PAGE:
We then rented out composer Sandra Sprecher's eclectic Brooklyn music venue The Firehouse Space, and Hui Cox and his goddaughter Epifinia Kathie Solhir, a film student, video-ed us while Caley Monahon-Ward live-Pro-Tools'd us.

We recorded the 8 prayers in two batches:


Scroll up to near the top of this page and watch the videos!

They're pretty great. You can feel the band connection and the student-mentor connection (which, believe me, goes both ways).

in between

My plan was to make videos of the prayers and post them online along with scores for free download.

In September, I thought we should "warm up" the recorded performances by gigging just before we recorded. So we booked ourselves a show at Bennington College where everybody but Jude was an alum, and I their teacher, and played.

The reception stunned me.

I'm still posting the scores, but not for free (store). I hope to fundraise so that EP can play house concerts throughout these United States and beyond. I wouldn't mind singing the prayers on Mars if someone gets a house there.

Then life took off in another direction and I got whirled away. Went back to teaching—which I love!—but it consumes me. Won awards for two of my operas, and had to orchestrate another two. Got a commission to premiere at the Library of Congress. Lovely stuff. But there's only one of me and I had to Essential Prayers on the shelf til now.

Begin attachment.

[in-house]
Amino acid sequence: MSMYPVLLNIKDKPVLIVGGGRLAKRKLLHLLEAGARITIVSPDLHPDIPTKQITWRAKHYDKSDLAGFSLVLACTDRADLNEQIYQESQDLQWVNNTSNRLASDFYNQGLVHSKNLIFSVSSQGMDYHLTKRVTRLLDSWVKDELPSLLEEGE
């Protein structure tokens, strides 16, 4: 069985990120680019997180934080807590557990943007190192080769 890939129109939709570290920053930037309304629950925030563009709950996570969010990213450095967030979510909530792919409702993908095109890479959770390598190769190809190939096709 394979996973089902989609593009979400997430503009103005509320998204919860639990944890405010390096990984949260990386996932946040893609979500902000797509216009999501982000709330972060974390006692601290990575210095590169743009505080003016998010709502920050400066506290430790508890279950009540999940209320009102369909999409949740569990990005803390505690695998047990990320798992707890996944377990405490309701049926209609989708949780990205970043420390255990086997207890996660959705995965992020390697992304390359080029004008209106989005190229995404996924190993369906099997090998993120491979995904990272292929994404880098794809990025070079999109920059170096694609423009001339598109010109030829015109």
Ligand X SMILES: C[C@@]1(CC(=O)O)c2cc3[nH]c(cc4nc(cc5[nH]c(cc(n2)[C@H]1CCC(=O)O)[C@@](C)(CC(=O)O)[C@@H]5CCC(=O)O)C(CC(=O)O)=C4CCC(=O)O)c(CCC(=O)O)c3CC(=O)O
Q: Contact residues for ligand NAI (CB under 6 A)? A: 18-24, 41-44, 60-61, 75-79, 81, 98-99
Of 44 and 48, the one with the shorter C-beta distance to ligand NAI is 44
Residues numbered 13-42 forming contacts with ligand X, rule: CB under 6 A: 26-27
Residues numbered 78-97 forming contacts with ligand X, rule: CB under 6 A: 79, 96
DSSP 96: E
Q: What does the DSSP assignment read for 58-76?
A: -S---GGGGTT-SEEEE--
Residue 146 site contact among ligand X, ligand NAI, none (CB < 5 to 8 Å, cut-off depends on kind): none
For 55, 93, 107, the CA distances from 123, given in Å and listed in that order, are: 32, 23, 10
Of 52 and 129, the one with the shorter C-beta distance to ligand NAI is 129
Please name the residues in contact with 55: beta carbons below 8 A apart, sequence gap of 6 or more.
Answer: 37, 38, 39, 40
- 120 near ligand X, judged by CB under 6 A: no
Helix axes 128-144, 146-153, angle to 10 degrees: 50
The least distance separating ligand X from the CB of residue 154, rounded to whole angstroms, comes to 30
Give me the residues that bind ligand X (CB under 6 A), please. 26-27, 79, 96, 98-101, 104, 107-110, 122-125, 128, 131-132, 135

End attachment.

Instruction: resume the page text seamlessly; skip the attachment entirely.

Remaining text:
Here is the 2019 band:

This is a passage from my re-setting of a 15th c. plainchant hymn celebrating the birth of the christ child. "Hic jacet in praesepio" means "lying in a manger". Joyful and rowdy. Christian version of the festival of light. Winter is coming. Fight the dark. Survive depression.

  • sopranos are still Alice and Jude—yay!
  • altos: me and composer Christina Campanella (who, amazingly, went to Bennington—but before I could have taught her
  • tenors: Michael alone, for now
  • bass: John Rose, who is actually a bass

Michael is now Music Director. So he and I run the band together. We decided we wanted to play house concerts. We share the vision: small, knowable, no invisible wall between listener and performer. Personal.

Here's what we sounded like at our first house concert ever.

going forward—support

If you enjoy what you've seen and heard, please help me help us get it out there.

Host a concert. Get your ±30 friends over. Cook some food. We'll come and pass the hat to cover our expenses if you're not too far away from NYC.If you're further away, we'll need to do some finagling. But we'll come. We'll find a way.

And/or you can donate to the Essential Prayers Project via my Fractured Atlas (non-profit, tax-deductible) individual career development page.

Go to support (https://www.kitbraz.info/support) on this website and it will take you there. You can earmark it for EP. Let me know via the contact page so I can thank you.